More often the water is unclear not because of human disturbance but because of small organism suspended in the water over miles of area. Unfortunately, the wider the angle of the lens (beyond the angle of the good all-around standard of 35mm focal length), the less clarity in the corners of the picture. In a 25mm lens, almost a circle within the frame is sharp but falls off towards the corners. With the same kind of refraction one notices when looking into a fish tank at an angle. This refraction can only be corrected with expensive front corrections lenses mounted so that the outside element is in contact with the water. Such lenses, besides restoring sharpness to the corners of the picture, also bring back the same field of view that the lens had in the atmosphere.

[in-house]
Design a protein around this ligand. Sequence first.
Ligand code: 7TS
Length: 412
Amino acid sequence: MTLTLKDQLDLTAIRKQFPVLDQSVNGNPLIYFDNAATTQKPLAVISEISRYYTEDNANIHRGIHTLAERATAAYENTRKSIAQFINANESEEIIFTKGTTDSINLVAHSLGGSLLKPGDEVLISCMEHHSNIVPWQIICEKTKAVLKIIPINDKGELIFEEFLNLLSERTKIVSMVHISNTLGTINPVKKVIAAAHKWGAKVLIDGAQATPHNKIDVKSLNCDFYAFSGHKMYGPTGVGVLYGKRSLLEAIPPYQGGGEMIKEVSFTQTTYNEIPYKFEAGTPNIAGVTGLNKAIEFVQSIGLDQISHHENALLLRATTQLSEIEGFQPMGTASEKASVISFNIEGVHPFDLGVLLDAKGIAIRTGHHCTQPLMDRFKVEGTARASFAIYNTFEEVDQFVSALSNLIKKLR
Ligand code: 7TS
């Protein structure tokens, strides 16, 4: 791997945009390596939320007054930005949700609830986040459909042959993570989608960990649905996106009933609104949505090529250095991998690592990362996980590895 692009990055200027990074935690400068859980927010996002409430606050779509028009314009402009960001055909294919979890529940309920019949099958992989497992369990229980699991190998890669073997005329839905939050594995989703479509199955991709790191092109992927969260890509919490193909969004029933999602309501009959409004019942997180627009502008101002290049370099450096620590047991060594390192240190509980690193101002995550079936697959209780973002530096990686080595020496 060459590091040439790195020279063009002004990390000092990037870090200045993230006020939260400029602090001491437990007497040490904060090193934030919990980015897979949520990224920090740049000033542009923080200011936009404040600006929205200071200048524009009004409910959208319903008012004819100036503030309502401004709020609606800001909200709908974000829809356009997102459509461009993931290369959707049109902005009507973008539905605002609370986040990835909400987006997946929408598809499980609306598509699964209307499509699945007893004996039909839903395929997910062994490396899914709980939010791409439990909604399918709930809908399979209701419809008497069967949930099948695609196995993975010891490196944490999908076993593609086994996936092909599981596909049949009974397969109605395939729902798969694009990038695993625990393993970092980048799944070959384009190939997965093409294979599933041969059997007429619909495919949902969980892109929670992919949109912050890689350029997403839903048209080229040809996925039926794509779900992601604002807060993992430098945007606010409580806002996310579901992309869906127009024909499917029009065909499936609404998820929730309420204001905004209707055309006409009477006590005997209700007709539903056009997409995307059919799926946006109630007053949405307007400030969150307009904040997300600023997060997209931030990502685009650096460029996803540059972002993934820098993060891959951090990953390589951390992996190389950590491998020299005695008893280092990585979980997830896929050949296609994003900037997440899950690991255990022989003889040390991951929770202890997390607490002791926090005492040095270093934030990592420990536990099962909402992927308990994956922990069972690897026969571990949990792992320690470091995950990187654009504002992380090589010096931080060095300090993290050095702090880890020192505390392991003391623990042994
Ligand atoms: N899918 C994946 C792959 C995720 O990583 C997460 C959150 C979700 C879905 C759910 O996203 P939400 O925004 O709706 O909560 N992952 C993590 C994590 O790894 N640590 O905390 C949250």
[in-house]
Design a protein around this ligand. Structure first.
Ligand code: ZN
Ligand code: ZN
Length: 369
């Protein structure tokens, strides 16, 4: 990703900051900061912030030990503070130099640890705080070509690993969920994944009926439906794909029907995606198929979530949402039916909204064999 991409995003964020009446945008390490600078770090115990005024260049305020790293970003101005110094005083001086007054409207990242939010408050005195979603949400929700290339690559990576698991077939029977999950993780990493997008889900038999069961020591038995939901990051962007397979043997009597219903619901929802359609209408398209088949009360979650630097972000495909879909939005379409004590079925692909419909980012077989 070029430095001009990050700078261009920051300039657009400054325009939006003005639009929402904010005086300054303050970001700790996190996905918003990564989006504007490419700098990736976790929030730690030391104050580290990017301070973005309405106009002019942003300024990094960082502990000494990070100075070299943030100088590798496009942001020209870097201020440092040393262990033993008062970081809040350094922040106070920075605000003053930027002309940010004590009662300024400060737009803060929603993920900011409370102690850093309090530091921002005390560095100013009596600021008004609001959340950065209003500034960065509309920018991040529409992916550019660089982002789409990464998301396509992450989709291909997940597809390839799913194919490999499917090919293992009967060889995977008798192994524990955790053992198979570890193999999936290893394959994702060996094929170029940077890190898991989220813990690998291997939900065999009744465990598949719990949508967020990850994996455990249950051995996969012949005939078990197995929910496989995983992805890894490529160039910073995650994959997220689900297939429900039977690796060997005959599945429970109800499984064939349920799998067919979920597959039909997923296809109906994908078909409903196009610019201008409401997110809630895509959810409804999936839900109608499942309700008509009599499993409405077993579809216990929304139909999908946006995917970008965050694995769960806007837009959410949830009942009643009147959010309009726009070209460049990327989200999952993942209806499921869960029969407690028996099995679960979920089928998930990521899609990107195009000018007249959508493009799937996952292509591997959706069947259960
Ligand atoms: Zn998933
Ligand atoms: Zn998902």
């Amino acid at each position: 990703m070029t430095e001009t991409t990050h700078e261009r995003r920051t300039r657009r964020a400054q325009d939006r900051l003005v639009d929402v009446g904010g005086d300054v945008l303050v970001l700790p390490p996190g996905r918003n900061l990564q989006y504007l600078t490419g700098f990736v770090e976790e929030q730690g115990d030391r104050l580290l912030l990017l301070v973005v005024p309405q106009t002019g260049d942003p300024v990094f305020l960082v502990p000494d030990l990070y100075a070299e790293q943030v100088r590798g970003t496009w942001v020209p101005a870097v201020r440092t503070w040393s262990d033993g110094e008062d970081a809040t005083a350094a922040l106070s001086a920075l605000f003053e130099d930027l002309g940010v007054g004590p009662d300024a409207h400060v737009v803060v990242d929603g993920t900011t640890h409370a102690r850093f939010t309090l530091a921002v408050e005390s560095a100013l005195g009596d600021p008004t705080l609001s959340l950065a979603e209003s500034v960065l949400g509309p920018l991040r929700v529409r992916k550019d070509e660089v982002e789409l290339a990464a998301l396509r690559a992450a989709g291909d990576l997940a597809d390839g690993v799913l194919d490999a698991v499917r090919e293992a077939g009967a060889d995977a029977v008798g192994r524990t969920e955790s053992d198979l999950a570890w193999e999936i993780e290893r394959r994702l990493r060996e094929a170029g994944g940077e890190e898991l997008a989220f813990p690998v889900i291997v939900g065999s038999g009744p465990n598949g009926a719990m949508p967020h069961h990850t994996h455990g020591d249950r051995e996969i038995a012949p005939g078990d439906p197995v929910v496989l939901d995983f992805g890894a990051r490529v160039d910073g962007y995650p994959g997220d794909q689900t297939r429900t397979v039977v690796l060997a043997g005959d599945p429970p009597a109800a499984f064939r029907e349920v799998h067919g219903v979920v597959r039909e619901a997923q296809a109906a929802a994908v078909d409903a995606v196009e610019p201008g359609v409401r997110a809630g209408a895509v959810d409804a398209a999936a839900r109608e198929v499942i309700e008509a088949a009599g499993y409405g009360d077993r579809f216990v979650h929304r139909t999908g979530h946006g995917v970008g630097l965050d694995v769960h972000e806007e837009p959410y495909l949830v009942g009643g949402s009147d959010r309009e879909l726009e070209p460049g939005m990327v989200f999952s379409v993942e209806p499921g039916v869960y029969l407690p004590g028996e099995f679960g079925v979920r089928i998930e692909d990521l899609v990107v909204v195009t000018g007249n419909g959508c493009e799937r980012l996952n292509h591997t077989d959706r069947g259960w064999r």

Still another phenomenon worthy of note is the focus shift attributable to the differences between the refractive properties of air and water. Focus should be approximately one-third to one-fourth closer than the actual distance between camera and subject. This applies only to cameras having a focus scale. When the camera is focused visually, as in a single lens reflex, the changes in focus setting become apparent on the ground glass.
Practically no cameras have a finder large enough to be used accurately underwater. The distance from eye to face-mask glass to rear eyepiece on camera is too great for accurate viewing, so it is important that large wire or elastic-on plastic finders be used for viewing. Too many commercially built underwater cameras cases merely depend on lining up dots, which isn't sufficient for proper composition of underwater pictures.